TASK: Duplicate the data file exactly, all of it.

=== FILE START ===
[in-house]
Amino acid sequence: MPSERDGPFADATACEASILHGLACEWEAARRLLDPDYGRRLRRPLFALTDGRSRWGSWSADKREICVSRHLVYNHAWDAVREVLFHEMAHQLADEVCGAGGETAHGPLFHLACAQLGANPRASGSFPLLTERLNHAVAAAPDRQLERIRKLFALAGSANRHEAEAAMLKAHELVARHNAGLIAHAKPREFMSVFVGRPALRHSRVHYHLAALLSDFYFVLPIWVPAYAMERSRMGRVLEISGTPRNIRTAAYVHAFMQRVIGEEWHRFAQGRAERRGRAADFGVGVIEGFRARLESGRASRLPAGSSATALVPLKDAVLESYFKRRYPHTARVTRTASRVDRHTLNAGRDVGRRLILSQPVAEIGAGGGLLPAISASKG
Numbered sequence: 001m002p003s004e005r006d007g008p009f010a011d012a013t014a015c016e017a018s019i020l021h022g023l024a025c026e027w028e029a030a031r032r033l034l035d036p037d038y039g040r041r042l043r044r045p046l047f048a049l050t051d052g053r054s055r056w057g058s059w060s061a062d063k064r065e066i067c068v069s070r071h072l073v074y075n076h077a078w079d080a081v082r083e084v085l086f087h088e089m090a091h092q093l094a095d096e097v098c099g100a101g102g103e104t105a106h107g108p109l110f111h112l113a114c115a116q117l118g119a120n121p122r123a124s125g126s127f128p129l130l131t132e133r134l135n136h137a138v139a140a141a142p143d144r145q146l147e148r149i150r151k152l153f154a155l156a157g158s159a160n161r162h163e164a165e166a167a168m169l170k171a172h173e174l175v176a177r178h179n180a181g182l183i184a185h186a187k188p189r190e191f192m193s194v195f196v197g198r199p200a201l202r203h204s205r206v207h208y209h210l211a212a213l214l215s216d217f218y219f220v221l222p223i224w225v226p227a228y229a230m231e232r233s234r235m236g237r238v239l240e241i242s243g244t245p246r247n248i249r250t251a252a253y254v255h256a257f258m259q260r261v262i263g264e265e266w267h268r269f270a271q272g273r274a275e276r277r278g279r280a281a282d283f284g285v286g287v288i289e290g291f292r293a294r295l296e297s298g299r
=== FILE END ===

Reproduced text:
[in-house]
Amino acid sequence: MPSERDGPFADATACEASILHGLACEWEAARRLLDPDYGRRLRRPLFALTDGRSRWGSWSADKREICVSRHLVYNHAWDAVREVLFHEMAHQLADEVCGAGGETAHGPLFHLACAQLGANPRASGSFPLLTERLNHAVAAAPDRQLERIRKLFALAGSANRHEAEAAMLKAHELVARHNAGLIAHAKPREFMSVFVGRPALRHSRVHYHLAALLSDFYFVLPIWVPAYAMERSRMGRVLEISGTPRNIRTAAYVHAFMQRVIGEEWHRFAQGRAERRGRAADFGVGVIEGFRARLESGRASRLPAGSSATALVPLKDAVLESYFKRRYPHTARVTRTASRVDRHTLNAGRDVGRRLILSQPVAEIGAGGGLLPAISASKG
Numbered sequence: 001m002p003s004e005r006d007g008p009f010a011d012a013t014a015c016e017a018s019i020l021h022g023l024a025c026e027w028e029a030a031r032r033l034l035d036p037d038y039g040r041r042l043r044r045p046l047f048a049l050t051d052g053r054s055r056w057g058s059w060s061a062d063k064r065e066i067c068v069s070r071h072l073v074y075n076h077a078w079d080a081v082r083e084v085l086f087h088e089m090a091h092q093l094a095d096e097v098c099g100a101g102g103e104t105a106h107g108p109l110f111h112l113a114c115a116q117l118g119a120n121p122r123a124s125g126s127f128p129l130l131t132e133r134l135n136h137a138v139a140a141a142p143d144r145q146l147e148r149i150r151k152l153f154a155l156a157g158s159a160n161r162h163e164a165e166a167a168m169l170k171a172h173e174l175v176a177r178h179n180a181g182l183i184a185h186a187k188p189r190e191f192m193s194v195f196v197g198r199p200a201l202r203h204s205r206v207h208y209h210l211a212a213l214l215s216d217f218y219f220v221l222p223i224w225v226p227a228y229a230m231e232r233s234r235m236g237r238v239l240e241i242s243g244t245p246r247n248i249r250t251a252a253y254v255h256a257f258m259q260r261v262i263g264e265e266w267h268r269f270a271q272g273r274a275e276r277r278g279r280a281a282d283f284g285v286g287v288i289e290g291f292r293a294r295l296e297s298g299r